Identifying learning objectives and pursuing them proactively,Knowledge of strengths, weaknesses and learning opportunities in relevant fields and contextsLearning to learnRefers to strengths, weaknesses and learning opportunities in relevant fields and contexts

Learning opportunities during the training

In this article we would like to inspire you to map out different learning opportunities during the training.

Why did I choose this tool?
Sometimes we as trainers are not aware how much we can learn during our work. Each deal matters. Take a look at the visual mind-map below and add the missing areas; I guess there are many more.

How does it apply to being a trainer?
Being a trainer during a seminar may be a great chance for experiential learning. We could even consider this experience to be the main tool for trainers’ professional development.

Content:
Seminar—the experiential learning field for a trainer.

Experiential learning was first introduced as a concept by Kolb in his book Experiential Learning (Kolb, 1984) which had a huge impact on learning theories and methodological approaches in formal education. It emphasizes the power of experience as a way of learning.

Kolb in his book refers only to cognitive learning. With decades of practice, researchers reframed experiential learning and gave it a much wider and holistic understanding.

Weil and McGill (1989) described 4 areas where experiential learning could happen:

“Village One is concerned particularly with assessing and accrediting learning from life and work experience as the basis for creating new routes into higher education, employment and training opportunities, and professional bodies.
Village Two focuses on experiential learning as the basis for bringing about change in the structures, purposes and curricula of post-school education.
Village Three emphasizes experiential learning as the basis for group consciousness raising, community action and social change.
Village Four is concerned with personal growth and development and experiential learning approaches that increase self-awareness and group effectiveness.” (Wilson and Hayes, 2000, p.75)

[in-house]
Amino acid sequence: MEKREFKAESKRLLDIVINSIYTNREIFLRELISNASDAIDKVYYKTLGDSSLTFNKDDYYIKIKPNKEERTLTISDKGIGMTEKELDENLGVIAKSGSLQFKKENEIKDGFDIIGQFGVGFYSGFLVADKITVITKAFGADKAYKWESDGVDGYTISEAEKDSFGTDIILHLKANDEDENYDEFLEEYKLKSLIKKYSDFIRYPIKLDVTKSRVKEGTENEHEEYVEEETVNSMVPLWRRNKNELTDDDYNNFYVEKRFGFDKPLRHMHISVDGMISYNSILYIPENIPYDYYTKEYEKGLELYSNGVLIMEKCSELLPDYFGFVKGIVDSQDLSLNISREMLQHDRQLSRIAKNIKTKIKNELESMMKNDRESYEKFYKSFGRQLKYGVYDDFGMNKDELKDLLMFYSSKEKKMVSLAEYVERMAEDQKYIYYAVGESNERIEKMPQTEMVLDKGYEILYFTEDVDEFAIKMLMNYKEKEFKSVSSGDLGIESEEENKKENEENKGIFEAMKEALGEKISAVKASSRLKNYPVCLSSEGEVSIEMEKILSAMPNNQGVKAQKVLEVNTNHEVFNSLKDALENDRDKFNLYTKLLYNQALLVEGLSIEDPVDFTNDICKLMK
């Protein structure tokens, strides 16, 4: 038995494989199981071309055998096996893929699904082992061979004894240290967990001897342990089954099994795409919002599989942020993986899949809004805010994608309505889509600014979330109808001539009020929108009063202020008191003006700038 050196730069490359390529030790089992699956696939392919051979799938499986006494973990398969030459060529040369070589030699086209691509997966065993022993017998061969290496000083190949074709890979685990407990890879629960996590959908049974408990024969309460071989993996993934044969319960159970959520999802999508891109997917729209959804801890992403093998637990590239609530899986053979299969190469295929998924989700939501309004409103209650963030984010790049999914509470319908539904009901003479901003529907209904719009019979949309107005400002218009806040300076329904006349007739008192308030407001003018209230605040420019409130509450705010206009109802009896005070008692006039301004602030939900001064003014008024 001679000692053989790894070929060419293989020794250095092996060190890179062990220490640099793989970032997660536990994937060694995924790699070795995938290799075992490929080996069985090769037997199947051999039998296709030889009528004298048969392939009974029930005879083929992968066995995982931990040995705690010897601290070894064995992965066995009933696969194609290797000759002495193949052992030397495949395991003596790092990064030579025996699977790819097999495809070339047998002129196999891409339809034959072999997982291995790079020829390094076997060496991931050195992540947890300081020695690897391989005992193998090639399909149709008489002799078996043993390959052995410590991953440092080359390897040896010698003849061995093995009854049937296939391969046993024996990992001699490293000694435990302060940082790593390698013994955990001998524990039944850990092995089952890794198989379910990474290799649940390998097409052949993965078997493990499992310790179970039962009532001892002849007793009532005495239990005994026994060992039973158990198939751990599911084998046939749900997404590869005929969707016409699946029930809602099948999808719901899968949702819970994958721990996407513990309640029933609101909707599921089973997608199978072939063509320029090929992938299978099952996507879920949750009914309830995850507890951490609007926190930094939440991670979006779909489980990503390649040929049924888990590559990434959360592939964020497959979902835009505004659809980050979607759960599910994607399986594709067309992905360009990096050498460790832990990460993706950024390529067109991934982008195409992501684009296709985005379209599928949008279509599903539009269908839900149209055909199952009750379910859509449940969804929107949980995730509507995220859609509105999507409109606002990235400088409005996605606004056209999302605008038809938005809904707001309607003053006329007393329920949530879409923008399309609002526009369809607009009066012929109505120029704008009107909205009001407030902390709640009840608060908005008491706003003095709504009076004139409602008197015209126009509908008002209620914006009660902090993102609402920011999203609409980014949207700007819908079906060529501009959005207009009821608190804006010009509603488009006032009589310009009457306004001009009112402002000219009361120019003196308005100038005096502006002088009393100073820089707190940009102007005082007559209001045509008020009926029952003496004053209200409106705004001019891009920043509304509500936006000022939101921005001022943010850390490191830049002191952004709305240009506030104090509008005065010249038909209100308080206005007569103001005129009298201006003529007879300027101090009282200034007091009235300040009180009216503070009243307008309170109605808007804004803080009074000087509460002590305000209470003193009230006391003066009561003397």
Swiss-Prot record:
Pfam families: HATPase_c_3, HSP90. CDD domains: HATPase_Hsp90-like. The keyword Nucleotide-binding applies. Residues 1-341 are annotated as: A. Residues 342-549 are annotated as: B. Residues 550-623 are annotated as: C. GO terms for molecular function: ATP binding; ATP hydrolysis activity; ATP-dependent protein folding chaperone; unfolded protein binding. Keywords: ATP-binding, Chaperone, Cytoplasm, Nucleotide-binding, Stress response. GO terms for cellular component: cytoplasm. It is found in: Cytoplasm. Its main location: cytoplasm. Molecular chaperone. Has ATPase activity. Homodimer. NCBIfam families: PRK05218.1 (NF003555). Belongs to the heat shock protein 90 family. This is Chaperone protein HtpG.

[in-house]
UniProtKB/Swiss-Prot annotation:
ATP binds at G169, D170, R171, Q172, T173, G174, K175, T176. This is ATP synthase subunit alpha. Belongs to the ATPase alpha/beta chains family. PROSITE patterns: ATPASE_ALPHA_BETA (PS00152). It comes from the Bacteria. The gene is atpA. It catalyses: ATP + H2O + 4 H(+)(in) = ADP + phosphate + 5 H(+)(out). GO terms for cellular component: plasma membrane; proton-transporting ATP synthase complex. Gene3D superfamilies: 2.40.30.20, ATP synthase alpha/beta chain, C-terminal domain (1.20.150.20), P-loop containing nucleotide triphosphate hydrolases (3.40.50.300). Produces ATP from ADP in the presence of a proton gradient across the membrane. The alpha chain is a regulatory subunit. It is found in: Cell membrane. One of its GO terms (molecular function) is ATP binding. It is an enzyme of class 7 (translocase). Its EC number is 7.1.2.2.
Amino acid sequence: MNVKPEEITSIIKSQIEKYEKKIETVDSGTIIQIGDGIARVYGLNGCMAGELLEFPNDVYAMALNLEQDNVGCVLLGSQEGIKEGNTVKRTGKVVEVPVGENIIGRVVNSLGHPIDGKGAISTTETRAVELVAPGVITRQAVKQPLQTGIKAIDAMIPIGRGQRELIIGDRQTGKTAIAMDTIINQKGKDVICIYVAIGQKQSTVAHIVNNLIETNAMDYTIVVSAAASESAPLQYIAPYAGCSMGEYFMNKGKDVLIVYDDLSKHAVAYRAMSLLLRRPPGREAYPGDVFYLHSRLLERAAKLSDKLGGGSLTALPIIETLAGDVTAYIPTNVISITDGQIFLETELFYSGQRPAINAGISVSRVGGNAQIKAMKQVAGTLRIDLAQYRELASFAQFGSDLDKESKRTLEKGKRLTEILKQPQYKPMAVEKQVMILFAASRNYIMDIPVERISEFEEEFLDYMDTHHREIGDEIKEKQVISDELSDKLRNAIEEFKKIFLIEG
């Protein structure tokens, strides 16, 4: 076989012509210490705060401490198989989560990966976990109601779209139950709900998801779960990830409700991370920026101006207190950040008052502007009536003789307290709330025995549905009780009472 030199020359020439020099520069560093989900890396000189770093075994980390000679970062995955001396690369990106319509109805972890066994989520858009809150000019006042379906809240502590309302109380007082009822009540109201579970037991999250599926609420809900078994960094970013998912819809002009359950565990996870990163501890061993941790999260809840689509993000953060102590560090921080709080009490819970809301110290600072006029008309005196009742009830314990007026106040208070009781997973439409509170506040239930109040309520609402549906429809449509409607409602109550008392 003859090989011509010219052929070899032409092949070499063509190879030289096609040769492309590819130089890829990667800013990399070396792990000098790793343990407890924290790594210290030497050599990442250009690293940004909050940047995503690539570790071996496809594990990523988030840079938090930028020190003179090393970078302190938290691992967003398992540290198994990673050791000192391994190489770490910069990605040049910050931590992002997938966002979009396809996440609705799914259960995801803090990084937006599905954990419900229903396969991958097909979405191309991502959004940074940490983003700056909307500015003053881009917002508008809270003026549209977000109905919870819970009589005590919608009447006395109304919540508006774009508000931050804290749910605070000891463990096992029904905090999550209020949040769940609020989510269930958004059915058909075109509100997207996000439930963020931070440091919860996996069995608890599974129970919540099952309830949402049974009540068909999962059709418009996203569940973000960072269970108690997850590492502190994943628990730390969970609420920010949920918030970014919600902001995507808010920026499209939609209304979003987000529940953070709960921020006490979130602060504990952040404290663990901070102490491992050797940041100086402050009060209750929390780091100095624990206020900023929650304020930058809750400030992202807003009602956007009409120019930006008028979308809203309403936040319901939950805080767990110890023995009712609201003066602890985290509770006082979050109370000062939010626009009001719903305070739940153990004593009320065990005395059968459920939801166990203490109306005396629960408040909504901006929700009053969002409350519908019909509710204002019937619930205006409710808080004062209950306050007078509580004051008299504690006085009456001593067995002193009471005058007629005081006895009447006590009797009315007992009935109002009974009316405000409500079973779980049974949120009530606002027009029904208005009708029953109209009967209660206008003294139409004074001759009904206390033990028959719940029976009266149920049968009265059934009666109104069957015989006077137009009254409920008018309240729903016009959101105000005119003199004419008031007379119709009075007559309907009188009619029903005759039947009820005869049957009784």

David Boud (1989) pointed out three teaching approaches within Experiential Learning, namely
1. ’the individual-centred approach’,
2. ‘the group-centred approach’,
3. ‘the project-centred approach’ (Illeris, 2017, pp.131).

This discourse leads us to an understanding that each singular training might be a learning experience for a trainer, leading him/her to very concrete outcomes through the individual-centered, as well as project-centered approach from the first village.

Exercise:

Answer the questions from the following illustration:

Illustration by Dagna Gmitrowicz
Illustration by Dagna Gmitrowicz

Questions from the mind map:

Before the training:

  • What can you learn during preparing and planning your workshop?
    —— How can you learn this?
  • What can you learn while cooperating with other trainers?
    —— How can you learn this?
  • What can you learn during preparing materials for the workshop?
    —— How can you learn this?

During the training:

  • What can you learn while arranging the space for the workshop?
    ____How can you learn this?
  • What can you learn while running the workshop?
    —— How can you learn this?
  • What can you learn during the coffee-breaks as a trainer?
    —— How can you learn this?
  • What can you learn while adapting methods to the process?
    —— How can you learn this?
  • What can you learn from your colleagues?
    —— How can you learn this?
  • What can you learn from the participants?
    —— How can you learn this?
  • What can you learn from your body, emotions and behavior?
    —— How can you learn this?

After the training:

  • What can you learn while preparing the report?
    —— How can you learn this?
  • What can you learn while analyzing the evaluation?
    —— How can you learn this?
  • What can you learn from looking at the whole process?
    —— How can you learn this?

Reflection questions:

  1. How to manage meta reflection during the training?
  2. Who can support you in this?
  3. Do you have a way to record your performance during a training?
  4. How would you know you did well?

Author of the article: Dagna Gmitrowicz

Dagna Gmitrowicz – a senior trainer in the field of nonformal education, conducting international/national training and facilitating conferences since 2001. Creator of innovative educational tools and curriculum – Academy of Nonformal Education (PAJP), TOSCA training cycle, learning cycle in BECC Bridge to Cultural Centres, Colours and Needs cards, and many more. Member of several international trainers’ pools (It’s up to Me, TOSCA, European Solidarity Corp Polish NA pool and other). The member of the International Society for Self-Directed Learning after giving a lecture during SSDL Symposium 2020 in USA/Florida. Dagna Gmitrowicz is also a professional painter, and performer actively participating in a cultural scene in Germany and Poland, actively supporting cultural events and projects.
Website: www.dagna.space
Instagram: https://www.instagram.com/dagnagmitrowicz/
Facebook: https://www.facebook.com/dagna.space
TOY profile: https://www.salto-youth.net/tools/toy/dagna-gmitrowicz.1048/
Click here to read more about Dagna Gmitrowicz

Read more from this author

Bookmark(0)
Source
Illeris, Knud (2017): How We Learn: Learning and Non-learning in School and BeyondWarner Weil, Susan and McGill, Ian (1989): Making Sense of Experiential Learning: Diversity in Theory and Practice. Society for Research into Higher Education & Open University Press

Related Articles

Leave a Reply

Back to top button